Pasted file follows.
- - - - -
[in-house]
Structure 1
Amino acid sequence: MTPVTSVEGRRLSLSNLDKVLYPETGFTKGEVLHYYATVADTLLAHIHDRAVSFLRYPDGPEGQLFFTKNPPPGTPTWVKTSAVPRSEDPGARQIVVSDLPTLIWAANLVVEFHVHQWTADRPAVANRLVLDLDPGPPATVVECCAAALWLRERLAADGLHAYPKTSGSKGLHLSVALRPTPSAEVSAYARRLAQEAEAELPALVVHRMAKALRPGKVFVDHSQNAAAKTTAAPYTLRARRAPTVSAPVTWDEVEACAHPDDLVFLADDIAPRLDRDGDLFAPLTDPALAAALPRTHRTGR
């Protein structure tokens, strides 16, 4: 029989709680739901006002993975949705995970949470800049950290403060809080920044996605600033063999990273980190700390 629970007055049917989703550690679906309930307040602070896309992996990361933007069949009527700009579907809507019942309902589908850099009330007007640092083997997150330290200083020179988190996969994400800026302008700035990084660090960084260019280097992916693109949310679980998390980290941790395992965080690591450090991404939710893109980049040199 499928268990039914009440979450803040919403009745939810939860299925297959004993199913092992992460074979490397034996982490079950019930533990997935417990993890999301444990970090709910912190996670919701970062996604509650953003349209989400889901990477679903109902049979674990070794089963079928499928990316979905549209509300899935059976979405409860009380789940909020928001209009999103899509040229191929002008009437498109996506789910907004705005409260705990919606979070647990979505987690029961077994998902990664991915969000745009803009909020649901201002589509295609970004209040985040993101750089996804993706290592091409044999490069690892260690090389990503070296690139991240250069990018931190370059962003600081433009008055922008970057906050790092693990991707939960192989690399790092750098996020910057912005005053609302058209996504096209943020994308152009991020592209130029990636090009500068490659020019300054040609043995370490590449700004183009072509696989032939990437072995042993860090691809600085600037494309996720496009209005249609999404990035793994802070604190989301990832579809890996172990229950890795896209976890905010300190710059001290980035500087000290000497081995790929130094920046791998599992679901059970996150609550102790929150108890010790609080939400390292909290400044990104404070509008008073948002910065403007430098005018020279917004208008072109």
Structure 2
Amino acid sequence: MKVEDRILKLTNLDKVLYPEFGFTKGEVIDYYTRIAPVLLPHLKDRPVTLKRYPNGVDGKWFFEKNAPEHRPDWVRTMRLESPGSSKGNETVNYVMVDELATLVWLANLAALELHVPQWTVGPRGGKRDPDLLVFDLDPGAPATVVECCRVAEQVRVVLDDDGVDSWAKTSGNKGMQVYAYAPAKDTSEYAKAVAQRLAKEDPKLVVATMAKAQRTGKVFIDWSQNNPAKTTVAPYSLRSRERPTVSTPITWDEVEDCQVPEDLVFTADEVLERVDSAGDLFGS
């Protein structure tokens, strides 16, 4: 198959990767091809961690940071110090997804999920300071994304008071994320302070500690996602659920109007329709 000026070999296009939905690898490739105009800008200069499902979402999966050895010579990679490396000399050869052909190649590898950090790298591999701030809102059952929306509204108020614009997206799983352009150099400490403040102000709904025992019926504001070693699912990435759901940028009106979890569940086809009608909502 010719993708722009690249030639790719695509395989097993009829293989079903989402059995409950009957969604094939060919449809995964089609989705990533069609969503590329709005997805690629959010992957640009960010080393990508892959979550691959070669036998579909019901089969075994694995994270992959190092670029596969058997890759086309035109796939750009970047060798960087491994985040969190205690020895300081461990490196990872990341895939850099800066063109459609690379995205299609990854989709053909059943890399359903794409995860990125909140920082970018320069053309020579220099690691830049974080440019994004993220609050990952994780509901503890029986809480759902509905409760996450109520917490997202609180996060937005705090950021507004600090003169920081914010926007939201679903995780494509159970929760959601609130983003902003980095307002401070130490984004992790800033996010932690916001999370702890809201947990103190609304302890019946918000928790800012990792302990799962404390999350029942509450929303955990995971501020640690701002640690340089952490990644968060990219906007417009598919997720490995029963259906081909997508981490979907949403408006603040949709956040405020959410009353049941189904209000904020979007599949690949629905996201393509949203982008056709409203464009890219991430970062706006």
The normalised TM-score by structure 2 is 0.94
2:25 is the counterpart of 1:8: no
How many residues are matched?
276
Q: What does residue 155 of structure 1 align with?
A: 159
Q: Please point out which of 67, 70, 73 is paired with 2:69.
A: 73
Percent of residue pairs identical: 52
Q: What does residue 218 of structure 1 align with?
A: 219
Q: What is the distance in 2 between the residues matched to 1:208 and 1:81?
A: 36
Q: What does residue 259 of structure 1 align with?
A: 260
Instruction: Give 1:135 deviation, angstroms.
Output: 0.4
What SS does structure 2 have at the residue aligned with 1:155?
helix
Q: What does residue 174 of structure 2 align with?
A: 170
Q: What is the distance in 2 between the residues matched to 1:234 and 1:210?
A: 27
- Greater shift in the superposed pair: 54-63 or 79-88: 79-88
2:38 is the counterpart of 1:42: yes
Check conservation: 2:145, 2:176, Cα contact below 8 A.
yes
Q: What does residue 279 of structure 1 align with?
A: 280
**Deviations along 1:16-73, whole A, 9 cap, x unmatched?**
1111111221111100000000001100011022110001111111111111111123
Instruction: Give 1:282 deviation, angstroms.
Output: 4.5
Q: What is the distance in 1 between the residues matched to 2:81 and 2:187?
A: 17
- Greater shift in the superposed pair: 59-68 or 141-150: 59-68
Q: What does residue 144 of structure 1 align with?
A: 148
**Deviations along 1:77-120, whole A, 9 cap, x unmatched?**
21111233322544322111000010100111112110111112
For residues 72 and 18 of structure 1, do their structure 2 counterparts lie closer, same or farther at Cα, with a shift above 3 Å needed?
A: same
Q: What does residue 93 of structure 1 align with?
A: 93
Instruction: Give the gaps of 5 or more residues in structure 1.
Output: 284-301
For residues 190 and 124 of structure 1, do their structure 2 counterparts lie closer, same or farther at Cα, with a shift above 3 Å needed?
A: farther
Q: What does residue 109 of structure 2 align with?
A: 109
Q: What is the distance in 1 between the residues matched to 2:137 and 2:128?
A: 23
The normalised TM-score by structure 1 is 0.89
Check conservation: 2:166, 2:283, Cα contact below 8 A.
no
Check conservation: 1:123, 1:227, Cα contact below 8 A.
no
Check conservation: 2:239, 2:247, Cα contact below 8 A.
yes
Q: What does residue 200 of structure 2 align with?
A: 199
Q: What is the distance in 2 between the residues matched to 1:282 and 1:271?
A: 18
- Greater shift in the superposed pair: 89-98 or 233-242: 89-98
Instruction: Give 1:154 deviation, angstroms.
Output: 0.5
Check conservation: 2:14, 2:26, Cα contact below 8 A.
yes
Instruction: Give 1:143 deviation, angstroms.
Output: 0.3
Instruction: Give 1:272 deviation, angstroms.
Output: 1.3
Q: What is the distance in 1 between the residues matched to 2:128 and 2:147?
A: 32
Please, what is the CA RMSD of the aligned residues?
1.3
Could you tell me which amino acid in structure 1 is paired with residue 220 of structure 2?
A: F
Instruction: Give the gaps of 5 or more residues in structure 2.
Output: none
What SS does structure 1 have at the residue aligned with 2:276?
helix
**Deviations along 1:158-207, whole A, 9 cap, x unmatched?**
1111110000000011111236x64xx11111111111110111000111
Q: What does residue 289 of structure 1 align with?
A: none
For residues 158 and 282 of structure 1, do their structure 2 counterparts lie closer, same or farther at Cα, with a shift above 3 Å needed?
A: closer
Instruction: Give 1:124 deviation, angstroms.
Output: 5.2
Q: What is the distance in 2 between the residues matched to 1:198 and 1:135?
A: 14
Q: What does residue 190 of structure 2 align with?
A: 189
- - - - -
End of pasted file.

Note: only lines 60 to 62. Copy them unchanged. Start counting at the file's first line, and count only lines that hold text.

The normalised TM-score by structure 1 is 0.89
Check conservation: 2:166, 2:283, Cα contact below 8 A.
no